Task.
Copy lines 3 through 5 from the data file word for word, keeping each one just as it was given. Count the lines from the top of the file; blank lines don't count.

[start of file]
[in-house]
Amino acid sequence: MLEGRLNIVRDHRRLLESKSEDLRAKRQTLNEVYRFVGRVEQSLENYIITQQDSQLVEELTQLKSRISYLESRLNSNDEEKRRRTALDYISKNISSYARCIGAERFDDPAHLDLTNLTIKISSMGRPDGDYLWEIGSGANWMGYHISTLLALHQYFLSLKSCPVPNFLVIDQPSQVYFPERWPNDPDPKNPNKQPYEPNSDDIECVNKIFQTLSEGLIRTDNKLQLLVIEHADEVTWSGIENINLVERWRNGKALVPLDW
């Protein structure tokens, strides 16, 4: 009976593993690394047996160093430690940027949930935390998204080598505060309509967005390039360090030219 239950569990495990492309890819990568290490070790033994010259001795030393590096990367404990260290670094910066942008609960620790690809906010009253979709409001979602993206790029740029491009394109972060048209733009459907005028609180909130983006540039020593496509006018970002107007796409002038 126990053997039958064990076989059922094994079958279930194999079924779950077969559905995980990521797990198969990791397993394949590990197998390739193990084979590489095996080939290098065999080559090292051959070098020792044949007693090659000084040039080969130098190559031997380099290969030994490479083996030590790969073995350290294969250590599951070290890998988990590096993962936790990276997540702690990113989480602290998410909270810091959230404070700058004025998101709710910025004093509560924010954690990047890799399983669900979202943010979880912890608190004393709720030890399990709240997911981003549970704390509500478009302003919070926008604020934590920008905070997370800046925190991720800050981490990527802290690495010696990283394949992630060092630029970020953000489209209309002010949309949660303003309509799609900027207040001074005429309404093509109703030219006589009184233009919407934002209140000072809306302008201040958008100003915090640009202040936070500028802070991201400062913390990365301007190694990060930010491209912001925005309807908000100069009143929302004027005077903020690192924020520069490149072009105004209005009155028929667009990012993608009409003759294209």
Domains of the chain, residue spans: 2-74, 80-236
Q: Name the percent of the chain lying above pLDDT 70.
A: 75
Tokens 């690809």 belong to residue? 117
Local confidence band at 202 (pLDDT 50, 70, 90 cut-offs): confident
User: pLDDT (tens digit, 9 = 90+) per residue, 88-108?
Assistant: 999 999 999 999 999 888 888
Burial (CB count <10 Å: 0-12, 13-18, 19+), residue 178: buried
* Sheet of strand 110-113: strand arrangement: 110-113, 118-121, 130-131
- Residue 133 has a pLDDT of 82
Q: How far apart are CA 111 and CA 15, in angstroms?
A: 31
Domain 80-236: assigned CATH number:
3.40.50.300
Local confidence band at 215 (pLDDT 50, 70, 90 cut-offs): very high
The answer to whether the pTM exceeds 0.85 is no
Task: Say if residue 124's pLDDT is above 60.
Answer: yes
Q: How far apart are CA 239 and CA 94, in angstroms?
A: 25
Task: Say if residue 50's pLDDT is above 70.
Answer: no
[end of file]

């Protein structure tokens, strides 16, 4: 009976593993690394047996160093430690940027949930935390998204080598505060309509967005390039360090030219 239950569990495990492309890819990568290490070790033994010259001795030393590096990367404990260290670094910066942008609960620790690809906010009253979709409001979602993206790029740029491009394109972060048209733009459907005028609180909130983006540039020593496509006018970002107007796409002038 126990053997039958064990076989059922094994079958279930194999079924779950077969559905995980990521797990198969990791397993394949590990197998390739193990084979590489095996080939290098065999080559090292051959070098020792044949007693090659000084040039080969130098190559031997380099290969030994490479083996030590790969073995350290294969250590599951070290890998988990590096993962936790990276997540702690990113989480602290998410909270810091959230404070700058004025998101709710910025004093509560924010954690990047890799399983669900979202943010979880912890608190004393709720030890399990709240997911981003549970704390509500478009302003919070926008604020934590920008905070997370800046925190991720800050981490990527802290690495010696990283394949992630060092630029970020953000489209209309002010949309949660303003309509799609900027207040001074005429309404093509109703030219006589009184233009919407934002209140000072809306302008201040958008100003915090640009202040936070500028802070991201400062913390990365301007190694990060930010491209912001925005309807908000100069009143929302004027005077903020690192924020520069490149072009105004209005009155028929667009990012993608009409003759294209």
Domains of the chain, residue spans: 2-74, 80-236
Q: Name the percent of the chain lying above pLDDT 70.